Akron. In Latin, it means “pinnacle of polymer science.”
OK, that's a lie.
But for much of the last century and continuing today, the city's name has been synonymous with rubber, plastics and the science behind the polymers that make such materials effective, cheap and abundant. It's a field of science and endeavor that the city continued to nurture, decades after the tire-making jobs that put Akron on the map were gone.
The old rubber industry left Akron with some substantial assets in terms of world-leading companies that call the city and region their home, and two major universities that draw students from around the globe to their expertise in polymer science—the University of Akron and Case Western Reserve University in Cleveland.
Some say the region is the Silicon Valley of polymer science. “That's exactly the reference I make all the time—Silicon Valley,” said Chris Murphy, vice president and chief innovation officer for specialty polymer materials company PolyOne, located about an hour from Akron, just west of Cleveland.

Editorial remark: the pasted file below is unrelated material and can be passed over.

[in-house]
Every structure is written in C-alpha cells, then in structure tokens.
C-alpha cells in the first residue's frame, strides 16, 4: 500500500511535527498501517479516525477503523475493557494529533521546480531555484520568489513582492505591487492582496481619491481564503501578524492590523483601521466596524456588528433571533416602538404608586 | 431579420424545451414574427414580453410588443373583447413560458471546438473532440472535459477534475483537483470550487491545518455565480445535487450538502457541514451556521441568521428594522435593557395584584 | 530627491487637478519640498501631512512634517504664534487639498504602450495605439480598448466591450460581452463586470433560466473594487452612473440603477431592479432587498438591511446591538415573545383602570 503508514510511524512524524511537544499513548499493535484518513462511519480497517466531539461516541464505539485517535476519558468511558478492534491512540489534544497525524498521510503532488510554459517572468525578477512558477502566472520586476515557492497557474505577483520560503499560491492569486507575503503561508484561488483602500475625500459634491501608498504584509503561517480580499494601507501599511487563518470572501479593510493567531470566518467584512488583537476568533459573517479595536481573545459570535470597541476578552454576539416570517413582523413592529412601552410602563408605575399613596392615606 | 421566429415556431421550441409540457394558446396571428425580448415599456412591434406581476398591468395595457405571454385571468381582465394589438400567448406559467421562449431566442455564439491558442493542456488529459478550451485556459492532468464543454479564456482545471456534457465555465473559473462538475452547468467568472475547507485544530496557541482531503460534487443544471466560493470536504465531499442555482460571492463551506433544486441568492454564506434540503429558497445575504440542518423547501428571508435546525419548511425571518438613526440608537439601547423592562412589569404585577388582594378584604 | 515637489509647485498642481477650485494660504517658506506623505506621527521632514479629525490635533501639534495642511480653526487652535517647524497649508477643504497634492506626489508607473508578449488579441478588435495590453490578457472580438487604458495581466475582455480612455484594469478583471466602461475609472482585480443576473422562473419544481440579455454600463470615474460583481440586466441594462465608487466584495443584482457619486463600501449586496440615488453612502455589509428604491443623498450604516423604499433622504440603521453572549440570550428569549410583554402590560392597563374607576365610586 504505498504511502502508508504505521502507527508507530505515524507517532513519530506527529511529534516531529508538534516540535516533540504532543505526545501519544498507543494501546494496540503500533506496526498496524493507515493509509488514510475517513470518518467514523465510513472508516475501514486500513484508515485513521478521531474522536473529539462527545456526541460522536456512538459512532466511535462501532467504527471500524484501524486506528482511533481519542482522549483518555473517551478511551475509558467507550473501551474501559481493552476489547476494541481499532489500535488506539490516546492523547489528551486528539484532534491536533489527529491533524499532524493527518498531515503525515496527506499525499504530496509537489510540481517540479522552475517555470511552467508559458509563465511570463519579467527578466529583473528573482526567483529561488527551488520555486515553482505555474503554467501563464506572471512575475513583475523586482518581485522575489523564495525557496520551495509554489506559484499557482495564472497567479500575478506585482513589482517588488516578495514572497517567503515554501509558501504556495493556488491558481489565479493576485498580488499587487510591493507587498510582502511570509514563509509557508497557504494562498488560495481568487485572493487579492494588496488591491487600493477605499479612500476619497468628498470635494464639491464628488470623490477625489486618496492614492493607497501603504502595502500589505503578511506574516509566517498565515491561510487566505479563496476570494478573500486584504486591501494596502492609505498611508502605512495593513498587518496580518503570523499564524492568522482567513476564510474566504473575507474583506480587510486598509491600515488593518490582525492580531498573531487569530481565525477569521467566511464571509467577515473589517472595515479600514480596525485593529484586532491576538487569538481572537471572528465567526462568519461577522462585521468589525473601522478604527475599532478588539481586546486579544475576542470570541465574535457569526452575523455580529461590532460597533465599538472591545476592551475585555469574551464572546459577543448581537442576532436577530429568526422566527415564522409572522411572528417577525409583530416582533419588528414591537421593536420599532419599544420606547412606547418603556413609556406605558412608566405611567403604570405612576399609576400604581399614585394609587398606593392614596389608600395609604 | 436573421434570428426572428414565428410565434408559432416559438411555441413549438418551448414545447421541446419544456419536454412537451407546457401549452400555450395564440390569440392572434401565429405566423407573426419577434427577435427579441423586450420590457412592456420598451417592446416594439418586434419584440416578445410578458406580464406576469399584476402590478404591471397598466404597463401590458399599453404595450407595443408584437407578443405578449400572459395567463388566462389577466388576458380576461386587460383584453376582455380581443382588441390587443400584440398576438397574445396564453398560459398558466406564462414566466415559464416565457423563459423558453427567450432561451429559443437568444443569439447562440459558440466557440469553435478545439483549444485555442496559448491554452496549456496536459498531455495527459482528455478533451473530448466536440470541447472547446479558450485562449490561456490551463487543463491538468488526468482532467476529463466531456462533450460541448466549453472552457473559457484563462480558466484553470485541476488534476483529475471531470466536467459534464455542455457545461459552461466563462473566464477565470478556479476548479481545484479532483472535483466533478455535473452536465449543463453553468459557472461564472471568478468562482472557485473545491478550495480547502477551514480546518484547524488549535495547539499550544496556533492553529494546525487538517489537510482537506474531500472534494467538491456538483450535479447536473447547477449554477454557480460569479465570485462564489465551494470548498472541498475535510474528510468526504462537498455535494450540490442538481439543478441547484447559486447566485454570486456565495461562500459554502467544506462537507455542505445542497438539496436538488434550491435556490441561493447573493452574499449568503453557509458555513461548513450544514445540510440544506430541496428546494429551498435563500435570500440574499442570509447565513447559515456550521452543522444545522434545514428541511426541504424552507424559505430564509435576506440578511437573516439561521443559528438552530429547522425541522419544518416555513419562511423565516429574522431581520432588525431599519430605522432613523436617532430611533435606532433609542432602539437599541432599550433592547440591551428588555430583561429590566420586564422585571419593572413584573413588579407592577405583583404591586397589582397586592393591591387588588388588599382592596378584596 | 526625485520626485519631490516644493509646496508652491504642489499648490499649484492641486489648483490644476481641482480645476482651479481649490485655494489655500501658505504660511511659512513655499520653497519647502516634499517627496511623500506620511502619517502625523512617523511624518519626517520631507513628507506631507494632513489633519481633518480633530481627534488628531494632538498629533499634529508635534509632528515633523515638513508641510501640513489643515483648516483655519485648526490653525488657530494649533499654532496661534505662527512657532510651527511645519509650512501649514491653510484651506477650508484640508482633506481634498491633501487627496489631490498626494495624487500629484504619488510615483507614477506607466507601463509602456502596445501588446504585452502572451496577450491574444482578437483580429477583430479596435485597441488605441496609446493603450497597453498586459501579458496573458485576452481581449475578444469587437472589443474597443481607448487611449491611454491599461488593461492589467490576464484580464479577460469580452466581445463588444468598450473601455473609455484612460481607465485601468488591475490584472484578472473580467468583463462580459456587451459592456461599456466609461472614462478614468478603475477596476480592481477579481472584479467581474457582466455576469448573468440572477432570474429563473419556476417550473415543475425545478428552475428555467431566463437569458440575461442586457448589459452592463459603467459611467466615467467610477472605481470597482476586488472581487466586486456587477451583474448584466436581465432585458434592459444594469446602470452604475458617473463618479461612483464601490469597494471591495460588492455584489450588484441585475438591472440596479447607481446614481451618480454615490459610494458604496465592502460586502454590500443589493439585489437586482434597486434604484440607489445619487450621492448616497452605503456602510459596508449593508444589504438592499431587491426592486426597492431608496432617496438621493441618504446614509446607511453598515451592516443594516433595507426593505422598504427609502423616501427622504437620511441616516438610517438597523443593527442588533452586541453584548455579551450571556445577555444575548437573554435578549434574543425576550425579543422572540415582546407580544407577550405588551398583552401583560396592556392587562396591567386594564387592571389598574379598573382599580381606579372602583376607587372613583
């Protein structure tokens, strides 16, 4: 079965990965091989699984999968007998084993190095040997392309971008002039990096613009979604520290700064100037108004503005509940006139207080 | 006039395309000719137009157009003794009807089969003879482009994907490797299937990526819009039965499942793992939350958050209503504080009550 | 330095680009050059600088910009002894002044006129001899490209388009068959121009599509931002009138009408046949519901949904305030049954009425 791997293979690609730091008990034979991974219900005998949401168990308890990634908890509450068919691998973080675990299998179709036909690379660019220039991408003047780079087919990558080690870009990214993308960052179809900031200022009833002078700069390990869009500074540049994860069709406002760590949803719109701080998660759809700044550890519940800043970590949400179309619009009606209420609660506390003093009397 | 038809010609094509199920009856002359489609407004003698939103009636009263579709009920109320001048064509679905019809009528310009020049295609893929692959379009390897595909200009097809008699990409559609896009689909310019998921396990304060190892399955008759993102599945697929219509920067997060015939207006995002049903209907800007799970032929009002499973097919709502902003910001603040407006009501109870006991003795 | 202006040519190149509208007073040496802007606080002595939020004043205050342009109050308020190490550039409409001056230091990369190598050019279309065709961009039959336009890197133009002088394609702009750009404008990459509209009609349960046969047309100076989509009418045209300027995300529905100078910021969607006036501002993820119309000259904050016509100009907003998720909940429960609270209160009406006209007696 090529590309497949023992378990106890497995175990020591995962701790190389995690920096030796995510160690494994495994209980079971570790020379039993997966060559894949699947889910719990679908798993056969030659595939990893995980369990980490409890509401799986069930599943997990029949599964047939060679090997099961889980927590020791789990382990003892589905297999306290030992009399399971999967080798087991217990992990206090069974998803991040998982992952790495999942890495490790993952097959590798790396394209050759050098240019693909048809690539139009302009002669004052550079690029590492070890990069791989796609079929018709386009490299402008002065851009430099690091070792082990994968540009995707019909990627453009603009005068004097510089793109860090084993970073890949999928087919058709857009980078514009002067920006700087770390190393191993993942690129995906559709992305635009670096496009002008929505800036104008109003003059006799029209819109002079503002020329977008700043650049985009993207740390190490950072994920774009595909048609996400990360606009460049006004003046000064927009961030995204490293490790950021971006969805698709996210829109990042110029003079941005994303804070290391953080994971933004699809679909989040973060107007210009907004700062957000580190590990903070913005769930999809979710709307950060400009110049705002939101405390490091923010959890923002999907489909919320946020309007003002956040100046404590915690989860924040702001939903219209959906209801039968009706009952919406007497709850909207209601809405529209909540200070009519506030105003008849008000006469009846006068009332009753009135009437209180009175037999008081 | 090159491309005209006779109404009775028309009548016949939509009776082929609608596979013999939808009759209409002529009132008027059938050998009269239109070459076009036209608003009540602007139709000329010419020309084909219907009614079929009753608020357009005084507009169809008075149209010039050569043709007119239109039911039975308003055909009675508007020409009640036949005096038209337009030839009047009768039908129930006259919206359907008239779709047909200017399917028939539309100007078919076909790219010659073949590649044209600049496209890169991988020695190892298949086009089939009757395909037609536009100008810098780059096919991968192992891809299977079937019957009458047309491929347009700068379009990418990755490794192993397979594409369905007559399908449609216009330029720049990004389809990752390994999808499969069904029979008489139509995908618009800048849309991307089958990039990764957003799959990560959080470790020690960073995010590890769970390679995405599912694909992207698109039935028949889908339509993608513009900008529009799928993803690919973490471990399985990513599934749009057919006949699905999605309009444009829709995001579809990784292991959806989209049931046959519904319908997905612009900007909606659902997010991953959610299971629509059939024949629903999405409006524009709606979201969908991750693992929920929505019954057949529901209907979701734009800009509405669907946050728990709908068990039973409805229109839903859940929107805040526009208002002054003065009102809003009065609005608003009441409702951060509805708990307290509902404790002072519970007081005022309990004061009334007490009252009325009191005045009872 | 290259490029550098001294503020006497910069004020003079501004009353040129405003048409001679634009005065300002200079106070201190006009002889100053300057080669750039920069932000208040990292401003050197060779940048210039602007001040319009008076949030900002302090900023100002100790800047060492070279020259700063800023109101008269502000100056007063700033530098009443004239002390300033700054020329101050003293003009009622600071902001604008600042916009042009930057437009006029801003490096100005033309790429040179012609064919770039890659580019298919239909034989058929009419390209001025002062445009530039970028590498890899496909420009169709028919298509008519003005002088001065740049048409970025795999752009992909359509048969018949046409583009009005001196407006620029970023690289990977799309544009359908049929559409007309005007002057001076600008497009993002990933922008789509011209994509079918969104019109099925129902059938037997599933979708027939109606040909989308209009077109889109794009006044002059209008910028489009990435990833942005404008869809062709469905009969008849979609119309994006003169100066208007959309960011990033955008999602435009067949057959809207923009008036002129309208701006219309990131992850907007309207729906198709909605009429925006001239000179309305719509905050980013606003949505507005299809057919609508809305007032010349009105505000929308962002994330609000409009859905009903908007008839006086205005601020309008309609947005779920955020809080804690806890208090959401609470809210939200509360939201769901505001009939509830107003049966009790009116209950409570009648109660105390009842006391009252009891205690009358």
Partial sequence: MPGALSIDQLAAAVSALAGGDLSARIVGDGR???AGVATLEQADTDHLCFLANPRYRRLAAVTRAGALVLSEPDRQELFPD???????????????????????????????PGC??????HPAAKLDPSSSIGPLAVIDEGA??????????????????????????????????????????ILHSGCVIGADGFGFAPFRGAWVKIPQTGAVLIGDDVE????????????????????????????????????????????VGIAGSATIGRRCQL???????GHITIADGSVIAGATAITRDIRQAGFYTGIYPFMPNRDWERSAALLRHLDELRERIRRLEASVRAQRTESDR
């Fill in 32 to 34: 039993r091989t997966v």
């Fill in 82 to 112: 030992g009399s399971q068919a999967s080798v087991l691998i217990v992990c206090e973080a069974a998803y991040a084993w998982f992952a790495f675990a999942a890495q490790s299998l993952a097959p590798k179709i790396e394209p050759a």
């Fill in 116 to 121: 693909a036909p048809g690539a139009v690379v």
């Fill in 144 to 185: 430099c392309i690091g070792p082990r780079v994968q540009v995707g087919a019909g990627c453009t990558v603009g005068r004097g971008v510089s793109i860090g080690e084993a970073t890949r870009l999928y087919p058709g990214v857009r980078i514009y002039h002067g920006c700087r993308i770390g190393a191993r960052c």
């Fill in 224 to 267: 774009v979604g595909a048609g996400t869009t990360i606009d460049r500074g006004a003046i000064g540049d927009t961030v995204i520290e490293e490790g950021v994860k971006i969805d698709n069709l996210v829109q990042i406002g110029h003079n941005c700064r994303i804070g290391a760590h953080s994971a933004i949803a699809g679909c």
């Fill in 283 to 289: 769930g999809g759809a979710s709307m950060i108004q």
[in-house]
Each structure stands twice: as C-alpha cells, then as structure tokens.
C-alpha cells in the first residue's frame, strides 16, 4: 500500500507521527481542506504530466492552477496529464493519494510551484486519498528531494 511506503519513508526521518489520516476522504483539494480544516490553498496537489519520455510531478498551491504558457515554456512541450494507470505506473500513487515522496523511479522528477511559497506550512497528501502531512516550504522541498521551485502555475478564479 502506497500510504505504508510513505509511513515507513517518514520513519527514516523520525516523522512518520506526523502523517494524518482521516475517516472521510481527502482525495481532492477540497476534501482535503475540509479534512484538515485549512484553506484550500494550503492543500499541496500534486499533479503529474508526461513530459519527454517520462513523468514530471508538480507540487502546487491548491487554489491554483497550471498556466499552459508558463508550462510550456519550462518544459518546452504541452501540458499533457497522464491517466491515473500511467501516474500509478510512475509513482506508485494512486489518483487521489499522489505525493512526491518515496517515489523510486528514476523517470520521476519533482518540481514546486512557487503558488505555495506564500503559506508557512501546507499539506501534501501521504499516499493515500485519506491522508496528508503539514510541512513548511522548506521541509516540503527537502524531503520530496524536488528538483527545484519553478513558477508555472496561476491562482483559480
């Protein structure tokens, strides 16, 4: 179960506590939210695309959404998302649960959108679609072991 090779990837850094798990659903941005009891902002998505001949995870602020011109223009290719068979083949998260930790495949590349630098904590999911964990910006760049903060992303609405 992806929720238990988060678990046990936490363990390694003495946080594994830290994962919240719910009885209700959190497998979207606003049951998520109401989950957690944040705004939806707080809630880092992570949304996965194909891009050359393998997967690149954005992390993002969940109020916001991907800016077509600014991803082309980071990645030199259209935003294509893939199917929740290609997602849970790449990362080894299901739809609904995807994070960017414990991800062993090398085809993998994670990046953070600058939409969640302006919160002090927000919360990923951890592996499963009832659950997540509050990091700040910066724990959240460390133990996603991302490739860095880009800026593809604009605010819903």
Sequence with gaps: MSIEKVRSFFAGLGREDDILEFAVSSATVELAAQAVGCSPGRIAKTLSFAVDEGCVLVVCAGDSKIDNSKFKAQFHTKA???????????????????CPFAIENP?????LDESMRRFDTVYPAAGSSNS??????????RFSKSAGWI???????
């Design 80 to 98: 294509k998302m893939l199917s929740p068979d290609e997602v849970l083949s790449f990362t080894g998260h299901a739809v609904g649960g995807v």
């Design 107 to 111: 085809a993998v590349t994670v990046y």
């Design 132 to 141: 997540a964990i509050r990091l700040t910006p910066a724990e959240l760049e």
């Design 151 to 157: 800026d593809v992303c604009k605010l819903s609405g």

Murphy and others say that the region achieved its prominence in the polymer science field similar to the way that Silicon Valley developed its reputation in computer science—by having a core group of companies that worked closely with universities to develop not just the science itself, but also a critical mass of knowledge, business endeavors and technical people who provide the work force that drives it all forward.
Luis Proenza knew of the region's strength in the field when he took over as the University of Akron's president in 1999—a school long known around the world for its expertise in polymer science. But when he first got to the school, local and state policymakers needed an education, he said, and the university gave it to them. One of the first things the school did under Proenza was to take stock of the region and state's polymer science assets.
“We calculated the annual shipment of polymer products at about $50 billion, and Ohio was, I believe, the largest employer in terms of polymer-related jobs in the country, Proenza said.
While everyone knew about how Akron had lost most of the jobs once provided by four big rubber companies, it had gone largely unnoticed that the city and surrounding area had become home to about 1,800 other companies, many of them small, working in rubber, plastics and related fields.
“Nobody realized that, prior to that,” Proenza said.